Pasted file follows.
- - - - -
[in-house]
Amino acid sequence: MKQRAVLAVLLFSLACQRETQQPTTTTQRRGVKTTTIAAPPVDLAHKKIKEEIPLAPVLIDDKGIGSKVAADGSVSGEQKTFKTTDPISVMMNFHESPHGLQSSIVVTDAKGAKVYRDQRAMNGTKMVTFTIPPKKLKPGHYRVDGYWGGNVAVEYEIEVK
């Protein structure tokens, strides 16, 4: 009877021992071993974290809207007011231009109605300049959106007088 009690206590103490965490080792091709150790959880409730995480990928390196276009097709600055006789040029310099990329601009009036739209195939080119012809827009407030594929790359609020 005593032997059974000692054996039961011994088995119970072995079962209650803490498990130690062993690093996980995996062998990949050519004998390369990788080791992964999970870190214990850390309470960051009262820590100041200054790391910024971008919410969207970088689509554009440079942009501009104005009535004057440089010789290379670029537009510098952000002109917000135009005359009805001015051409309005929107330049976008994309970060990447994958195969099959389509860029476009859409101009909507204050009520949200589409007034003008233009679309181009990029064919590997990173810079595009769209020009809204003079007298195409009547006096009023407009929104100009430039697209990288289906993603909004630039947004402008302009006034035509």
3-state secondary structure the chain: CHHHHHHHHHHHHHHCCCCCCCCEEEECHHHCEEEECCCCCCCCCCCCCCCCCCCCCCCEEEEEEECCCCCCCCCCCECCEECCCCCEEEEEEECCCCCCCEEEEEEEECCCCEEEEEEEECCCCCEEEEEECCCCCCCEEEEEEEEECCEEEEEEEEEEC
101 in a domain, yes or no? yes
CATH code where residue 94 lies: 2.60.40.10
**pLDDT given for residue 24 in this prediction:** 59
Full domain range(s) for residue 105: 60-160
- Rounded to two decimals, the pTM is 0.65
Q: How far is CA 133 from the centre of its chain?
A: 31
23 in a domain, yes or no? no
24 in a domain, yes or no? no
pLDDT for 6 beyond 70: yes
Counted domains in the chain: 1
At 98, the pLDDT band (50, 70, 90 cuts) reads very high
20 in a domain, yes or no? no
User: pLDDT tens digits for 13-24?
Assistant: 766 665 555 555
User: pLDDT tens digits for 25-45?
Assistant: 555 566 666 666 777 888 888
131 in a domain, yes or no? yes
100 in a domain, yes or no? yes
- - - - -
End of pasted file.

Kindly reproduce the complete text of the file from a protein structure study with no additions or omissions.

[in-house]
Amino acid sequence: MKQRAVLAVLLFSLACQRETQQPTTTTQRRGVKTTTIAAPPVDLAHKKIKEEIPLAPVLIDDKGIGSKVAADGSVSGEQKTFKTTDPISVMMNFHESPHGLQSSIVVTDAKGAKVYRDQRAMNGTKMVTFTIPPKKLKPGHYRVDGYWGGNVAVEYEIEVK
């Protein structure tokens, strides 16, 4: 009877021992071993974290809207007011231009109605300049959106007088 009690206590103490965490080792091709150790959880409730995480990928390196276009097709600055006789040029310099990329601009009036739209195939080119012809827009407030594929790359609020 005593032997059974000692054996039961011994088995119970072995079962209650803490498990130690062993690093996980995996062998990949050519004998390369990788080791992964999970870190214990850390309470960051009262820590100041200054790391910024971008919410969207970088689509554009440079942009501009104005009535004057440089010789290379670029537009510098952000002109917000135009005359009805001015051409309005929107330049976008994309970060990447994958195969099959389509860029476009859409101009909507204050009520949200589409007034003008233009679309181009990029064919590997990173810079595009769209020009809204003079007298195409009547006096009023407009929104100009430039697209990288289906993603909004630039947004402008302009006034035509």
3-state secondary structure the chain: CHHHHHHHHHHHHHHCCCCCCCCEEEECHHHCEEEECCCCCCCCCCCCCCCCCCCCCCCEEEEEEECCCCCCCCCCCECCEECCCCCEEEEEEECCCCCCCEEEEEEEECCCCEEEEEEEECCCCCEEEEEECCCCCCCEEEEEEEEECCEEEEEEEEEEC
101 in a domain, yes or no? yes
CATH code where residue 94 lies: 2.60.40.10
**pLDDT given for residue 24 in this prediction:** 59
Full domain range(s) for residue 105: 60-160
- Rounded to two decimals, the pTM is 0.65
Q: How far is CA 133 from the centre of its chain?
A: 31
23 in a domain, yes or no? no
24 in a domain, yes or no? no
pLDDT for 6 beyond 70: yes
Counted domains in the chain: 1
At 98, the pLDDT band (50, 70, 90 cuts) reads very high
20 in a domain, yes or no? no
User: pLDDT tens digits for 13-24?
Assistant: 766 665 555 555
User: pLDDT tens digits for 25-45?
Assistant: 555 566 666 666 777 888 888
131 in a domain, yes or no? yes
100 in a domain, yes or no? yes